Beginners Guide to Relaxing Sore Muscles | The Dance Bible
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Beginners Guide To Relaxing Sore Muscles

As a beginner, everyone has faced that day when after working particularly hard in a dance class and reaching home, your muscles feel like stone. Some dancers may see redness of their skin or pain in any part of the body. You may be taking classes as a hobby after college or work but mostly beginners classes are twice or thrice a week. Your body may become alright after few days of pain but after the next class you again feel like not being able to move. Dancers build stamina and strength gradually but there has to be a way to relax your sore muscles.
 
Here are few tips for dancers or fitness enthusiasts on how to relax those sore muscles.

 


HEALTHY DIET
 
The most important thing for any person doing any kind of physical workout is water. Carrying a water bottle, having little sips of water during breaks is the simplest and easiest way to keep your body active and less tired. It’s very important that your body retains proper amount of liquid and oxygen that water provides.
 
Some food nutritionists also recommend having a small cup of coffee before your workout or dance. It is recommended that coffee should be had half an hour before workout so that there is less chances of muscle soreness.
 
There are also other healthy drinks one should have after workout to revive your energy. Most of the dance professionals work long hours and always keep some kind of easy snacks in their bags to keep their bodies active. The easiest to carry in bag are nuts - groundnut, almonds, pistachio. Some also carry energy bars that usually have a mix of dark chocolate, peanut butter and nuts.
 
Other drinks that can really help your muscles relax once you reach home after a tiring dance class are - tomato juice, turmeric milk, chocolate milk, green tea and coconut water. All these drinks restore your energy and repair tired muscles.
 
MASSAGE AND HOT WATER BATH
 
Nothing cures a stiff muscle better than a hot water bath. You or your muscles become tense due to tough physical workout and that is why the nerves and muscles reflex makes them stiff to counter the tension. Even though it might feel like a lot of effort, still its very important that before sleeping you should have a hot water bath. It relaxes the tensed muscles and you will feel absolutely fresh the next day.
 
When in pain, massage is the first thing that comes to anyone’s mind. It is important to always massage very gently on the affected area or ask someone to do it. You can also use, what most dancers use during dance breaks, which is a foam roller. It massages all your stiff muscles gently and you can slowly and steadily feel the tightness reducing in just 5-10 minutes. If you are trying to relax your feet, then you can also use either a tennis ball or a golf ball. The rotational movement of these balls works wonderfully on the tight muscles.
 
BASIC WARM UP AND STRETCHING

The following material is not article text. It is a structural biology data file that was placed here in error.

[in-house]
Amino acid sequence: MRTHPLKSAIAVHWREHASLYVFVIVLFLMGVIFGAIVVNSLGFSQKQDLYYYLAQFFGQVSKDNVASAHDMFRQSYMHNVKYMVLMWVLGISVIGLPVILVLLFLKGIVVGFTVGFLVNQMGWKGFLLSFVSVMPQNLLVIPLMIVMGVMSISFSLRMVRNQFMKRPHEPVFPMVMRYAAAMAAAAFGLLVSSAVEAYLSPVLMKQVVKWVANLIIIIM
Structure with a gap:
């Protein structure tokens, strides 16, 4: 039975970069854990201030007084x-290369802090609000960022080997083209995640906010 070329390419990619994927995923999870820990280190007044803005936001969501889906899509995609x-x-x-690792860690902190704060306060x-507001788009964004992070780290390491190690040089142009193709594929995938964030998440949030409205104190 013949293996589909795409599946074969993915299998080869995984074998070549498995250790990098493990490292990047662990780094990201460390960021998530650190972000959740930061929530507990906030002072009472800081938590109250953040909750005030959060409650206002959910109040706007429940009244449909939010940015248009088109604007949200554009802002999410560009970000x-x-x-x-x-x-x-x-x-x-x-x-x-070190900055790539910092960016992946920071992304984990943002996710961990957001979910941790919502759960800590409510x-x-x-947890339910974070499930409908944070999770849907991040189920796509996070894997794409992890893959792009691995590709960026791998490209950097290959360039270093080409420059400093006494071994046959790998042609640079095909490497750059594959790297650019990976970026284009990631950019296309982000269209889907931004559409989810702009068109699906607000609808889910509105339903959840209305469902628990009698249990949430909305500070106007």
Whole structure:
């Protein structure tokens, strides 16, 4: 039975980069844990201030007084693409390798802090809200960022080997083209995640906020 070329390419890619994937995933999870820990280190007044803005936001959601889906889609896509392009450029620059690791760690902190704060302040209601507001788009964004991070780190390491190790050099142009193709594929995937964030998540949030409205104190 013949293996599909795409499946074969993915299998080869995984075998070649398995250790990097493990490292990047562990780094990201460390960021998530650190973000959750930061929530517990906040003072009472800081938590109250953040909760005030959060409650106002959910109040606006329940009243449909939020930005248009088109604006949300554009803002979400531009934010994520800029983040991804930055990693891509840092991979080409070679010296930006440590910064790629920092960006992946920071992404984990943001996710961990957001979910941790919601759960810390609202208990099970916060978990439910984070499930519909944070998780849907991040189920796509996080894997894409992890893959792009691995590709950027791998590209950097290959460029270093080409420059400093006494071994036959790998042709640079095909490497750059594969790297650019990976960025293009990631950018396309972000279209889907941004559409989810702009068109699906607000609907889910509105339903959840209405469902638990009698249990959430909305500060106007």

All dance class starts with a good warm up exercises. Good dancers are very disciplined, and they always come half an hour before the time of the dance class. One should make it a habit to reach early to class and do your own warm up. If you are still not sure what kind of warm up exercises you should do, then you should ask your dance teacher. Warming up is one of the basic and the most important thing for dancers. Warming up on your own helps you find your own pace and natural body rhythm before you jump into high cardio warm up with the class. Your body feels more ready to understand each exercise being taught in the class and therefore less chances of getting sore muscles.
 
If warming up should be done before class, cool down stretches should be done after class. Your dance teacher may or may not be doing stretches for cool down because of time constraints but you should find a space and do some mild, static stretches after class. After class is a perfect time to stretch and breathe easy, let your body understand that the workout is over and find your normal breathing pace again. You become more aware of any sore muscles and if required you can use gentle massage during this time.
 
R.I.C.E. - REST, ICE, COMPRESSION, ELEVATION
 
This is a very common recommendation by any physiotherapist and it helps if you are in too much of pain. Simple soreness goes away easily but if the pain persists and you are working out in pain then it’s very important to apply R.I.C.E. Taking an off for 1 class is okay if you feel continuous pain. It is important to understand when to stop because if you do not do anything to relax your tightened muscles then it may sooner or later lead you to injury. Any cramps are easily cured by applying ice on it which immediately eases the pain. Compression has to be applied by wrapping with an elastic bandage to help control any kind of swelling. Another way of keeping pain and swelling in control is to keep the affected area slightly elevated. All these measures help during cramps and sprain.
 
Dancing is a great physical workout but taking care of your body is equally important. Dancers body is the ultimate tool to express ourselves. Any kind of stiff muscles is just bodies way of letting us know that giving rest is also important. Understanding your body is another way of growing in your dance education because a healthy body means a strong dancer.